The Sesiidae or clearwing moths are a family of the Lepidoptera in most species of which the wings partially have hardly any of the normal lepidopteran scales, leaving them transparent. The bodies are generally striped with yellow, red or white, sometimes very brightly, and they have simple antennae. The general appearance is sufficiently similar to a wasp or hornet to make it likely that the moths gain a reduction in predation by Batesian mimicry. This enables them to be active in daylight. They are commonly collected using pheromone lures. Worldwide there are 151 genera, 1370 species, and 50 subspecies. Most of these occur in the tropics, but there are many species in the Holarctic region.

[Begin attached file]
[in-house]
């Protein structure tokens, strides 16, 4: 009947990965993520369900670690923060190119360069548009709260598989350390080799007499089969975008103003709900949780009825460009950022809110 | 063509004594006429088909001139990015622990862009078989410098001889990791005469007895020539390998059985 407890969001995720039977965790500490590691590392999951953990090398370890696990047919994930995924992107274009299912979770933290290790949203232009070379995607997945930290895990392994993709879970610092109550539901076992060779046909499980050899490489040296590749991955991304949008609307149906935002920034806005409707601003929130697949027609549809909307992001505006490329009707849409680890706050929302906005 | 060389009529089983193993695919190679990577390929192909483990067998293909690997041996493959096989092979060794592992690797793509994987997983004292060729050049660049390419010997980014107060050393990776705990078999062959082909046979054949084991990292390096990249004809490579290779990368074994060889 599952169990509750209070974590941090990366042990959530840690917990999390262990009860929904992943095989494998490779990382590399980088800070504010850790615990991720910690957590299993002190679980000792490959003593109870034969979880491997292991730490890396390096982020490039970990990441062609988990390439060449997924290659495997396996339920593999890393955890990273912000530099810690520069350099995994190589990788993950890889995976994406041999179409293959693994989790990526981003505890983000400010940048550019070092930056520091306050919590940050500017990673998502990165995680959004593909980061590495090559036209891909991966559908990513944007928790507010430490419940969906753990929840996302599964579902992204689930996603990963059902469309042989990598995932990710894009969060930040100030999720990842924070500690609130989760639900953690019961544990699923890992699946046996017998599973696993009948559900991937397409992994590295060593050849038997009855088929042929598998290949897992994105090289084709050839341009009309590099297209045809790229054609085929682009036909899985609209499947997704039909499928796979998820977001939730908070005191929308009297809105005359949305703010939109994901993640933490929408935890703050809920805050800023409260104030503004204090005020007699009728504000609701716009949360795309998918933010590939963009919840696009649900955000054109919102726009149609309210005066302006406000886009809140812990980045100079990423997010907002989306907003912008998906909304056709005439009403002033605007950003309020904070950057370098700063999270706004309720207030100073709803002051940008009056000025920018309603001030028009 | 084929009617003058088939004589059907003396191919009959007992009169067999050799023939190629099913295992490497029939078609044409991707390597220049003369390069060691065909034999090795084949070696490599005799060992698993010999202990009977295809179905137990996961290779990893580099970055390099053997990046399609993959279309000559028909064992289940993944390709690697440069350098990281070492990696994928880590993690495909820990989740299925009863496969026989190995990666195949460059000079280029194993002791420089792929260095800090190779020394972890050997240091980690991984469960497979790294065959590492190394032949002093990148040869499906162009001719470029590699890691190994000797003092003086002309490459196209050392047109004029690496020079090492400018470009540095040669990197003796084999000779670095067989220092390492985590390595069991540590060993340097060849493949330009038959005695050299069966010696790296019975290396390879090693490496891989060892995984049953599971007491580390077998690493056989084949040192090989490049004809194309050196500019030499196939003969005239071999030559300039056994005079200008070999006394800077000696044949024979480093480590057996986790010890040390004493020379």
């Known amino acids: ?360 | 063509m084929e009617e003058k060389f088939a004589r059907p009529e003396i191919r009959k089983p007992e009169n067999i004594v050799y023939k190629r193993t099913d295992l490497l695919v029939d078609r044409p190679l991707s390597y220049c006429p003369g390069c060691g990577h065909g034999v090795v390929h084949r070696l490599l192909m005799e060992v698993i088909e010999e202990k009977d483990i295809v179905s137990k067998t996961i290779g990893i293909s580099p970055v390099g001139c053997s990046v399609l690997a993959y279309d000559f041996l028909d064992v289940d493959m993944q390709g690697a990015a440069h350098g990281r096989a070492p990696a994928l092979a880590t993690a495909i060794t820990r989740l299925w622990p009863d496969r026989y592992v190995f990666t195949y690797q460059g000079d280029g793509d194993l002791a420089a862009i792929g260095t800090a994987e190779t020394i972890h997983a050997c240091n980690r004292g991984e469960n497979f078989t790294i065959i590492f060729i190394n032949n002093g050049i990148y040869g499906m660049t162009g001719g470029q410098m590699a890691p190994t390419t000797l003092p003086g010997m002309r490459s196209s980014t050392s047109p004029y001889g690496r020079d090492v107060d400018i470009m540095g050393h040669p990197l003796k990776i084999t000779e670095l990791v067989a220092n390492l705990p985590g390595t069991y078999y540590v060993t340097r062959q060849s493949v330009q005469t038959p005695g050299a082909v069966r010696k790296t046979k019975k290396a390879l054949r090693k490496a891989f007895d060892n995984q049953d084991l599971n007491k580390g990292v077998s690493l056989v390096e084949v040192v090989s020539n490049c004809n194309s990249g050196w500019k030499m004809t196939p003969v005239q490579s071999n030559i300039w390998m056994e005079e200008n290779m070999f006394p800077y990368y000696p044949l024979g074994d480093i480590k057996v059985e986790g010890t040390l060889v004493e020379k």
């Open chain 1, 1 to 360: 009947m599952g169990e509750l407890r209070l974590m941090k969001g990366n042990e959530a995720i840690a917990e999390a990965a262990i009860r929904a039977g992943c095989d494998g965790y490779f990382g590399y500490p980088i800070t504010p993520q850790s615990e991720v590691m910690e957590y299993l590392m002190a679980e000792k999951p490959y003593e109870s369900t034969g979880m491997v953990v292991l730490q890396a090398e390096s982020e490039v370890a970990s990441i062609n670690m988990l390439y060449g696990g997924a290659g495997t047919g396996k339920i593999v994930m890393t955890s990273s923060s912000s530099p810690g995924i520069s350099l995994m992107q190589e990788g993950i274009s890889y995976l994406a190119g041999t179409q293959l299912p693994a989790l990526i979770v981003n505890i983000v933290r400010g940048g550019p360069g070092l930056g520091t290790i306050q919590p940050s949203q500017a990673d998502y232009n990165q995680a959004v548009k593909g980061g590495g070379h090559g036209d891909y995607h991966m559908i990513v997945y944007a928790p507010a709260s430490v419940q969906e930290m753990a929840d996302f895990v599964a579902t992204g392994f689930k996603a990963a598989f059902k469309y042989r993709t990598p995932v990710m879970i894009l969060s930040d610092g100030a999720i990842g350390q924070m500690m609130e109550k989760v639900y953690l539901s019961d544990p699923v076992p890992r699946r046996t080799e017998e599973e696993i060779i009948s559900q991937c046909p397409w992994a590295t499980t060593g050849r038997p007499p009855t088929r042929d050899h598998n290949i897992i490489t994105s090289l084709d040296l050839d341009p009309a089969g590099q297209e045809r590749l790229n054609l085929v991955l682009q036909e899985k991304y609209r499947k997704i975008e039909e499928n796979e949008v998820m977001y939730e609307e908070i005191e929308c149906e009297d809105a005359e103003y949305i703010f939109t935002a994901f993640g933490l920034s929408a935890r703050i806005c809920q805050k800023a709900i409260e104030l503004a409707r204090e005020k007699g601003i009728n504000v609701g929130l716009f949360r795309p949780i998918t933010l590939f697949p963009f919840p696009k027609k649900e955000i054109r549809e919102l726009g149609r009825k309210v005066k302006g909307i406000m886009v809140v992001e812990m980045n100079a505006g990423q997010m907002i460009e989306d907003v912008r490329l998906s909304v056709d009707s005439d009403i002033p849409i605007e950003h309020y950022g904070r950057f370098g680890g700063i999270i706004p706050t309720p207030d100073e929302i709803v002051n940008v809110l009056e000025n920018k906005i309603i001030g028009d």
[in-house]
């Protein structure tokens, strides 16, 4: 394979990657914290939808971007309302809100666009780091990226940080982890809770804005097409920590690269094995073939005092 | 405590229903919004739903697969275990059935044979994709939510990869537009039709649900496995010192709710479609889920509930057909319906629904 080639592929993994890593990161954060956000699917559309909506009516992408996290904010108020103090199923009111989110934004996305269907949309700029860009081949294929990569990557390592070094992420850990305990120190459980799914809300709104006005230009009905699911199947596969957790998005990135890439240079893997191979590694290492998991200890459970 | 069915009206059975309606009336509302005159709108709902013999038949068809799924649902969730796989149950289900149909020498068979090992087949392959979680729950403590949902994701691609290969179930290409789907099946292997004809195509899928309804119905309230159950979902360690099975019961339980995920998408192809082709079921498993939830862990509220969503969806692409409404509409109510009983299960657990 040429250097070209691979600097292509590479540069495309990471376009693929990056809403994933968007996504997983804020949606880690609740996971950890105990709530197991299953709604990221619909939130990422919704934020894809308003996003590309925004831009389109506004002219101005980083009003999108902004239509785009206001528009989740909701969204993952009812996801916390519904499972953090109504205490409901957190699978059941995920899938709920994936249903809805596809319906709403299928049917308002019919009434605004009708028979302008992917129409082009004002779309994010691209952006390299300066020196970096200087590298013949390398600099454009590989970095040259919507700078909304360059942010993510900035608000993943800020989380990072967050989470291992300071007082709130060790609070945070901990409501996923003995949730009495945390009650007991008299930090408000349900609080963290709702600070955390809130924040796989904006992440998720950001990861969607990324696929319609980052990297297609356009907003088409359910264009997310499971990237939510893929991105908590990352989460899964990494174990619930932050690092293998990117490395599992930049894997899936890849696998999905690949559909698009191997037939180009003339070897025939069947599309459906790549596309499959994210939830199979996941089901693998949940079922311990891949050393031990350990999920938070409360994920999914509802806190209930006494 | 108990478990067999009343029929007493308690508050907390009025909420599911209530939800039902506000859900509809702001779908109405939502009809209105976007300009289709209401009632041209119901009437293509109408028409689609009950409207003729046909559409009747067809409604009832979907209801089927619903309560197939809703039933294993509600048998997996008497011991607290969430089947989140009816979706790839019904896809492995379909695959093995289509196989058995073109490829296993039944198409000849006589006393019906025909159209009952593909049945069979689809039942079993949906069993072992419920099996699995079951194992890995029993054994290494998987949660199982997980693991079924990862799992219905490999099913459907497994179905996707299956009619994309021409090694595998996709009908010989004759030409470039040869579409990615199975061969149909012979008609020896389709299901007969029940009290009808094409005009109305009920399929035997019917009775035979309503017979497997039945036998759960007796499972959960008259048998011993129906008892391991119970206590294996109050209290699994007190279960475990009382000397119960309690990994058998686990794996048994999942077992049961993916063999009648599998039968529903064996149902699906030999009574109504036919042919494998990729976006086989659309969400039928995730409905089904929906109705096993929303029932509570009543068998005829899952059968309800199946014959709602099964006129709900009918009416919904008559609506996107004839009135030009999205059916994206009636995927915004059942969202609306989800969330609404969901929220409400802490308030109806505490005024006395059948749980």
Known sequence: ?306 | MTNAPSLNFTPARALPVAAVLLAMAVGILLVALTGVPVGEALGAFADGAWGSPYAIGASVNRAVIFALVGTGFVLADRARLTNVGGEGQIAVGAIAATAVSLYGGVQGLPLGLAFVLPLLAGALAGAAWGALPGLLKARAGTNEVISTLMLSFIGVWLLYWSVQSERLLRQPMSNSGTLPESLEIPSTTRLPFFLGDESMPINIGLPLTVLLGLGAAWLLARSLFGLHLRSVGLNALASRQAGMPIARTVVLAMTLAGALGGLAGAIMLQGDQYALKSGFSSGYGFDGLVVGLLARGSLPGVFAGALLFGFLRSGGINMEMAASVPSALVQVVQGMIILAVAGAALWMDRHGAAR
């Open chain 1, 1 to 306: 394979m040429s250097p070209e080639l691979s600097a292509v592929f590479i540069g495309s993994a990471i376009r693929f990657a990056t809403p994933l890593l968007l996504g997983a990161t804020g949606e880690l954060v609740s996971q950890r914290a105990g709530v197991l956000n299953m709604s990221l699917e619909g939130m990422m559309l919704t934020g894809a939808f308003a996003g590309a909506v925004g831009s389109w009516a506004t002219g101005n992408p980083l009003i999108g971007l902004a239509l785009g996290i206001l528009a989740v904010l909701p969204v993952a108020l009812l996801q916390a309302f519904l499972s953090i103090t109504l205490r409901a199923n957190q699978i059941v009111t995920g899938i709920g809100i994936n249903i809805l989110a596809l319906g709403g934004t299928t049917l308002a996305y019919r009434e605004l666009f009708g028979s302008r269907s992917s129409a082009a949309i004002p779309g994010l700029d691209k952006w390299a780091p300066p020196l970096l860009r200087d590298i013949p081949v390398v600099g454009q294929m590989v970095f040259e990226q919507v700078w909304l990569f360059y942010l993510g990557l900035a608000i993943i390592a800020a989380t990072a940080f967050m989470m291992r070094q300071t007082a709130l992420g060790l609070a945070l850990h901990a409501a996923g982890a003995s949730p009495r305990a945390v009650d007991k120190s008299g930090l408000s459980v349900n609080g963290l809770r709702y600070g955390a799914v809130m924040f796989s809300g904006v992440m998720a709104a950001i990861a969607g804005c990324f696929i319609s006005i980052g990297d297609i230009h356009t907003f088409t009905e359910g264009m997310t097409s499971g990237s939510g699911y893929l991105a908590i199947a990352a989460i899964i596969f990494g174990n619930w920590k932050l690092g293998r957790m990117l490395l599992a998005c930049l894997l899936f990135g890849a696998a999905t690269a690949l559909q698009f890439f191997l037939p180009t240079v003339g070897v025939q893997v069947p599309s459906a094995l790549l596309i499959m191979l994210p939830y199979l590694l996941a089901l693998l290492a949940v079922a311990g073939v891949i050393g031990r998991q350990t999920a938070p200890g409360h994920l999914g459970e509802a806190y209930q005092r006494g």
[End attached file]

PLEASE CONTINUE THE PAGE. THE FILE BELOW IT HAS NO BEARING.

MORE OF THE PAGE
The larvae of the Sesiidae typically bore in wood or burrow in plant roots. Many species are serious pests of fruit-tree or timber cultivation, or crop plants (e.g. Melittiaspp. on squash)
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